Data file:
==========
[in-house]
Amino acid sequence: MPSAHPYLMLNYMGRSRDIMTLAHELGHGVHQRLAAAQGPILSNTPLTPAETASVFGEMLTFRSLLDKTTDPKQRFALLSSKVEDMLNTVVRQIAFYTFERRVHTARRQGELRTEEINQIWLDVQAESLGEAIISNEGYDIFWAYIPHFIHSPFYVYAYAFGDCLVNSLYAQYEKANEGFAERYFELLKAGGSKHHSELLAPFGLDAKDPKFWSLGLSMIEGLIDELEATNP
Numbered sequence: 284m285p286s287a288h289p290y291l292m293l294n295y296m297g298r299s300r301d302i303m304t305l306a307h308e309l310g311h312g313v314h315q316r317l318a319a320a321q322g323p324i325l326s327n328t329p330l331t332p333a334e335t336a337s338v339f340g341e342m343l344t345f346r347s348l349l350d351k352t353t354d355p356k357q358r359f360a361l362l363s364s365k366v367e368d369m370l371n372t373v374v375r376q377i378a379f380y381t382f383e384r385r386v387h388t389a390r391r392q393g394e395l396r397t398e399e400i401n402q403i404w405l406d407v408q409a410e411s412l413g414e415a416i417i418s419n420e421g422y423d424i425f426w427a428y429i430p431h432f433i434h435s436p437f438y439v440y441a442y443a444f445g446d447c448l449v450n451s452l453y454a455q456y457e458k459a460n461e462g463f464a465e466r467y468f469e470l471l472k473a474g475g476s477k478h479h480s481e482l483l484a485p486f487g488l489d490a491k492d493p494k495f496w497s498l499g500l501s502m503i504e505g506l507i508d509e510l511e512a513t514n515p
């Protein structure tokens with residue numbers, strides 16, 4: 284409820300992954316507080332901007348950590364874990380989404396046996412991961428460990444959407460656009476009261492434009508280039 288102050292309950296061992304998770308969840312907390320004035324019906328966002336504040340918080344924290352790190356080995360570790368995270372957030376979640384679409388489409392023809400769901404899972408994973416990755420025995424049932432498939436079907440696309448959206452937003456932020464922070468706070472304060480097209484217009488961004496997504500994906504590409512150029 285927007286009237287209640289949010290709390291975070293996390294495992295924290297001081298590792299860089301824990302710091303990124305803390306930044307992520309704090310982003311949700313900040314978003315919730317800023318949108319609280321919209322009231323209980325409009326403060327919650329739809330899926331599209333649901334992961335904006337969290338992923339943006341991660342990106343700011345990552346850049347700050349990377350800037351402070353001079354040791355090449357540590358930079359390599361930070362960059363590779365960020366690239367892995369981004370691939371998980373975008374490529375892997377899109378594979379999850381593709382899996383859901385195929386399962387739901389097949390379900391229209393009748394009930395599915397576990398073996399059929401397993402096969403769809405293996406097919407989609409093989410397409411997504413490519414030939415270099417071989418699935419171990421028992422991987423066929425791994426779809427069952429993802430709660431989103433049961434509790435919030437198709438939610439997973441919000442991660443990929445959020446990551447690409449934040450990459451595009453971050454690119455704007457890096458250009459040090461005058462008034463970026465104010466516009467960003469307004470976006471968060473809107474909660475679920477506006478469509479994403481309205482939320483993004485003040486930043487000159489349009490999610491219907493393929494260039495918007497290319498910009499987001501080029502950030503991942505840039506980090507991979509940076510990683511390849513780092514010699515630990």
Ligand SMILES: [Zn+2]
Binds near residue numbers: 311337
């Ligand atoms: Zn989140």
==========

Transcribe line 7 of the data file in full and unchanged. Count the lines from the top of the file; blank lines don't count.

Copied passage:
């Ligand atoms: Zn989140």